Commercial real estate situation may struggle, poll finds

The commercial real estate market may have difficulty as the year continues.

Property management companies may not only have dealt with a significantly lackluster past few months, but the remainder of the year could potentially have more struggles, according to The Real Estate Roundtable.

During the second quarter's report, more than 70 percent of those surveyed said they felt conditions were better than the previous year. However, this has declined to 60 percent, according to the Roundtable's Q3 Sentiment Survey. In addition, only 58 percent think commercial real estate conditions will be improved during the next 12 months. During the second quarter, nearly 70 percent felt that conditions would be better.

"Commercial real estate continues to face pressure from underlying economic problems, along with an erosion of property values and equity throughout much of the country, and a massive amount of loans coming due," Jeffrey DeBoer, president and CEO of the Roundtable. "This survey confirms that policy action is needed to restore a climate for job creation, to spur long-term business investment, and to help bridge the equity gap hindering the refinancing of hundreds of billions in maturing commercial mortgages."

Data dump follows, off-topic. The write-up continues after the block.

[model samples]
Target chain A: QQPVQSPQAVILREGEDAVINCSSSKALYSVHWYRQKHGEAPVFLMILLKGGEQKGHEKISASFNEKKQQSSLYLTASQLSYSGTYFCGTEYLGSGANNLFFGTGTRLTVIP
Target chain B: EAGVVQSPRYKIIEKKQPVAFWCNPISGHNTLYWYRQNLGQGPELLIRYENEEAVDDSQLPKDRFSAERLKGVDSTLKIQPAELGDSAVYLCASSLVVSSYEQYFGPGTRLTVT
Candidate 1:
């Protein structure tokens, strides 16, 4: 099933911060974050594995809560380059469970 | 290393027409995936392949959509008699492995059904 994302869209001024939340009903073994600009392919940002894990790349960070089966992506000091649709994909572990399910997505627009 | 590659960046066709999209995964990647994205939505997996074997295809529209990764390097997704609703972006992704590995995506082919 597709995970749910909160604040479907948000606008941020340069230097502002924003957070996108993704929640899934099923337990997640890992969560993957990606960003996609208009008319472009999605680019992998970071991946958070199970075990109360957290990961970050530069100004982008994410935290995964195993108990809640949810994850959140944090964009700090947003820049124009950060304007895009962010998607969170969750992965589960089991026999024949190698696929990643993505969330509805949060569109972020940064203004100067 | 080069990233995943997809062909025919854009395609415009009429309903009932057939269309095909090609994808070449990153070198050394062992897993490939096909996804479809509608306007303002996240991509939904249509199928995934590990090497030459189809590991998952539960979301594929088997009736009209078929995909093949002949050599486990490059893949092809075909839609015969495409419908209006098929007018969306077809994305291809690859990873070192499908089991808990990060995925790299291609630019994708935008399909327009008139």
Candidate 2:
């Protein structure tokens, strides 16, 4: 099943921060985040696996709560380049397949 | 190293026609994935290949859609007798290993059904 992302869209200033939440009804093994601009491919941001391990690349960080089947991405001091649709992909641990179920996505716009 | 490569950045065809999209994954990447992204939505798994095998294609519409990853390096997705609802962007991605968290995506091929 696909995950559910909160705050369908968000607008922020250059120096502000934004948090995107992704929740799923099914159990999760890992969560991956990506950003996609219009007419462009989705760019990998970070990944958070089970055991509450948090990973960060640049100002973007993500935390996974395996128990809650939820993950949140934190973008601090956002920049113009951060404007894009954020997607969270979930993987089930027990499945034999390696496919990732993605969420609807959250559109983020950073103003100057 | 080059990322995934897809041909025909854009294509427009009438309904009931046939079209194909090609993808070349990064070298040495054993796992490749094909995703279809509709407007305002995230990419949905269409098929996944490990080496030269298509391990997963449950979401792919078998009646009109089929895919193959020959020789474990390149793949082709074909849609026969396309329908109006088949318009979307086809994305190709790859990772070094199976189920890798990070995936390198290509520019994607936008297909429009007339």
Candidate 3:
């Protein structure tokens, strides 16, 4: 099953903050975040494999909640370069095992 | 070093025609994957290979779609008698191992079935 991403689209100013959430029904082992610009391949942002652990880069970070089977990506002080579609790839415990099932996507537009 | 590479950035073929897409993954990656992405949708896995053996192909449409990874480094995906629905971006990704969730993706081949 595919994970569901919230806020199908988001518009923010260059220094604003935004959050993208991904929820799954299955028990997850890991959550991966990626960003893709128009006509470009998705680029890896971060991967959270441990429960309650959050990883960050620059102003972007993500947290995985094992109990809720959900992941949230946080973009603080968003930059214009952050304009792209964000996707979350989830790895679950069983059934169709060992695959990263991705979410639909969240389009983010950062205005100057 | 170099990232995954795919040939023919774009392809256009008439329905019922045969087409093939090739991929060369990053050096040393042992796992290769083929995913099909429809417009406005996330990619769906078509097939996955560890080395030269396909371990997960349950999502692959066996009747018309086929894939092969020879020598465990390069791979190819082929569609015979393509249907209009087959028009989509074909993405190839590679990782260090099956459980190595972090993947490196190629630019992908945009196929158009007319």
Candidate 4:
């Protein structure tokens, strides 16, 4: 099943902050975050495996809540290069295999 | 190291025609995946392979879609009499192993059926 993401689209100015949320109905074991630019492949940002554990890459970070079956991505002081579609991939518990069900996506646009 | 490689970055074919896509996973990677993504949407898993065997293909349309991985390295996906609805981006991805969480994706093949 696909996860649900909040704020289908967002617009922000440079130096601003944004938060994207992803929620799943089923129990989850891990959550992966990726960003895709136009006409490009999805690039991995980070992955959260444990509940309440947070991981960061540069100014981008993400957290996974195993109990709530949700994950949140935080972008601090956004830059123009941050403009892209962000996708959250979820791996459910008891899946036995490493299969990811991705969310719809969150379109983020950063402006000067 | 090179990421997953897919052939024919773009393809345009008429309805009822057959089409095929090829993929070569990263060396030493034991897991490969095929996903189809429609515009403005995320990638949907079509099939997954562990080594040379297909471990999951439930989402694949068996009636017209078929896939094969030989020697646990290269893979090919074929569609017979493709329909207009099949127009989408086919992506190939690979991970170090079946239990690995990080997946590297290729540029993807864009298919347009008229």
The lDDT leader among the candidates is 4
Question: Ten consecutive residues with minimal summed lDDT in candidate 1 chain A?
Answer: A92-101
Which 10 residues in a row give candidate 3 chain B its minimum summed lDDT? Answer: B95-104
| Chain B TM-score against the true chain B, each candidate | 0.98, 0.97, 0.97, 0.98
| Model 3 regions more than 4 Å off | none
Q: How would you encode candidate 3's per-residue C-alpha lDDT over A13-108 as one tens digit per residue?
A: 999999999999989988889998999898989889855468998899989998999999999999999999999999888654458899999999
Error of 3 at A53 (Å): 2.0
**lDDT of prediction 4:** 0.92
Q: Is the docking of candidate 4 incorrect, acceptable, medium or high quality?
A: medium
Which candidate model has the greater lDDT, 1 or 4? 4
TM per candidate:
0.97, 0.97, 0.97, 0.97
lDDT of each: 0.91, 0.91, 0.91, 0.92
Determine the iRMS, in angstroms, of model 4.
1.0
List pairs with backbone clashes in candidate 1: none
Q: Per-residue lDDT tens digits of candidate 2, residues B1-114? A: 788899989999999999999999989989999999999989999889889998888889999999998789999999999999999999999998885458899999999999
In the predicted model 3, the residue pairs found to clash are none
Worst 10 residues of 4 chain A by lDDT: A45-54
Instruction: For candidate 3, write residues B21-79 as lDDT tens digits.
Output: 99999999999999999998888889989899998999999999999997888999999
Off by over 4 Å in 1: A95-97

The Roundtable's Sentiment Index declined to 63 during the third quarter, which was far below the second quarter's 70. This was the first decline since the middle of last year. The current index reading dropped to 64, which was lower than the second quarter's figure of 71 and the first quarter's 66.

Many of the declines found in the report were because of tempered projections by the federal government regarding the economy. Job growth and economic improvements tapered off, as well. The futures index declined for the second time this year because of this, to a level of 62. During the second quarter, the figure was 69, and it was 70 to start the year.

"Given the pervading sense of uncertainty hanging over the economy, the elections, looming budget and tax issues awaiting action on Capitol Hill, increasingly complex and overlapping regulatory burdens, and escalating worries about the eurozone, it's not surprising that commercial real estate executives' expectations for the year ahead are relatively lackluster," DeBoer noted.

He added that the federal government may need to do more to stimulate the job market, as this will help businesses grow and improve lending for commercial real estate.

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